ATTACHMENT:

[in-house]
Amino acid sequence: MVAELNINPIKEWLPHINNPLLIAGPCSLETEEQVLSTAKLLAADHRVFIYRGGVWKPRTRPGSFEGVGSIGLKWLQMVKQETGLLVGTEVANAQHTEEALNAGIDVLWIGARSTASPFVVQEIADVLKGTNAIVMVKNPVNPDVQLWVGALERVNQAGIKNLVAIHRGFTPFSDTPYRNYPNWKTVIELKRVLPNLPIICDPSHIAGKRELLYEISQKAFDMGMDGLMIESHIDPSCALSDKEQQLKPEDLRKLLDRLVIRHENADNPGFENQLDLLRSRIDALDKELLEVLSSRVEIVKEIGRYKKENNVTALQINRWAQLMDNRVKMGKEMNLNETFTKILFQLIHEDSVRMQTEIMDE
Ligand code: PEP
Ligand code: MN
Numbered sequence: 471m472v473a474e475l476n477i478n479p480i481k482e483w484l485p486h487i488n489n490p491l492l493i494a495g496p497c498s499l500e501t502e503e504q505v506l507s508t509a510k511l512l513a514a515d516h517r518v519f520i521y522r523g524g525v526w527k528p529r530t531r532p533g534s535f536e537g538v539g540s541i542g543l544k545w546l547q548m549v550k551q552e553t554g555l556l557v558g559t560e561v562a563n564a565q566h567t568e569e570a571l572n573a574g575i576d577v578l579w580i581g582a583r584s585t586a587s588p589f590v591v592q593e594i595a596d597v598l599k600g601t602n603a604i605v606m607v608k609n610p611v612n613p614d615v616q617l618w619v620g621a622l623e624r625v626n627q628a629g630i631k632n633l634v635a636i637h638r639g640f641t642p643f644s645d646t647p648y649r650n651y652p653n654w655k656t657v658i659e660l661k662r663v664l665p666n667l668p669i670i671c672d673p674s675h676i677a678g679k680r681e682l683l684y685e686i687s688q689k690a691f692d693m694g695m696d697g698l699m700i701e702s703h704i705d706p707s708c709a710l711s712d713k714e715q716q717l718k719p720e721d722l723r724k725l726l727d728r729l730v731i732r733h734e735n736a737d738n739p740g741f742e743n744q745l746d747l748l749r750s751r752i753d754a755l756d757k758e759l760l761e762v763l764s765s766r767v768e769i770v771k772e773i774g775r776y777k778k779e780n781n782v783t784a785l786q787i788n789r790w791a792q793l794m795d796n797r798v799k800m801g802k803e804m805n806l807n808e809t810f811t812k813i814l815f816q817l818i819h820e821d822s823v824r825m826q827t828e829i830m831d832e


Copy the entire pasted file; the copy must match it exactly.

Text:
[in-house]
Amino acid sequence: MVAELNINPIKEWLPHINNPLLIAGPCSLETEEQVLSTAKLLAADHRVFIYRGGVWKPRTRPGSFEGVGSIGLKWLQMVKQETGLLVGTEVANAQHTEEALNAGIDVLWIGARSTASPFVVQEIADVLKGTNAIVMVKNPVNPDVQLWVGALERVNQAGIKNLVAIHRGFTPFSDTPYRNYPNWKTVIELKRVLPNLPIICDPSHIAGKRELLYEISQKAFDMGMDGLMIESHIDPSCALSDKEQQLKPEDLRKLLDRLVIRHENADNPGFENQLDLLRSRIDALDKELLEVLSSRVEIVKEIGRYKKENNVTALQINRWAQLMDNRVKMGKEMNLNETFTKILFQLIHEDSVRMQTEIMDE
Ligand code: PEP
Ligand code: MN
Numbered sequence: 471m472v473a474e475l476n477i478n479p480i481k482e483w484l485p486h487i488n489n490p491l492l493i494a495g496p497c498s499l500e501t502e503e504q505v506l507s508t509a510k511l512l513a514a515d516h517r518v519f520i521y522r523g524g525v526w527k528p529r530t531r532p533g534s535f536e537g538v539g540s541i542g543l544k545w546l547q548m549v550k551q552e553t554g555l556l557v558g559t560e561v562a563n564a565q566h567t568e569e570a571l572n573a574g575i576d577v578l579w580i581g582a583r584s585t586a587s588p589f590v591v592q593e594i595a596d597v598l599k600g601t602n603a604i605v606m607v608k609n610p611v612n613p614d615v616q617l618w619v620g621a622l623e624r625v626n627q628a629g630i631k632n633l634v635a636i637h638r639g640f641t642p643f644s645d646t647p648y649r650n651y652p653n654w655k656t657v658i659e660l661k662r663v664l665p666n667l668p669i670i671c672d673p674s675h676i677a678g679k680r681e682l683l684y685e686i687s688q689k690a691f692d693m694g695m696d697g698l699m700i701e702s703h704i705d706p707s708c709a710l711s712d713k714e715q716q717l718k719p720e721d722l723r724k725l726l727d728r729l730v731i732r733h734e735n736a737d738n739p740g741f742e743n744q745l746d747l748l749r750s751r752i753d754a755l756d757k758e759l760l761e762v763l764s765s766r767v768e769i770v771k772e773i774g775r776y777k778k779e780n781n782v783t784a785l786q787i788n789r790w791a792q793l794m795d796n797r798v799k800m801g802k803e804m805n806l807n808e809t810f811t812k813i814l815f816q817l818i819h820e821d822s823v824r825m826q827t828e829i830m831d832e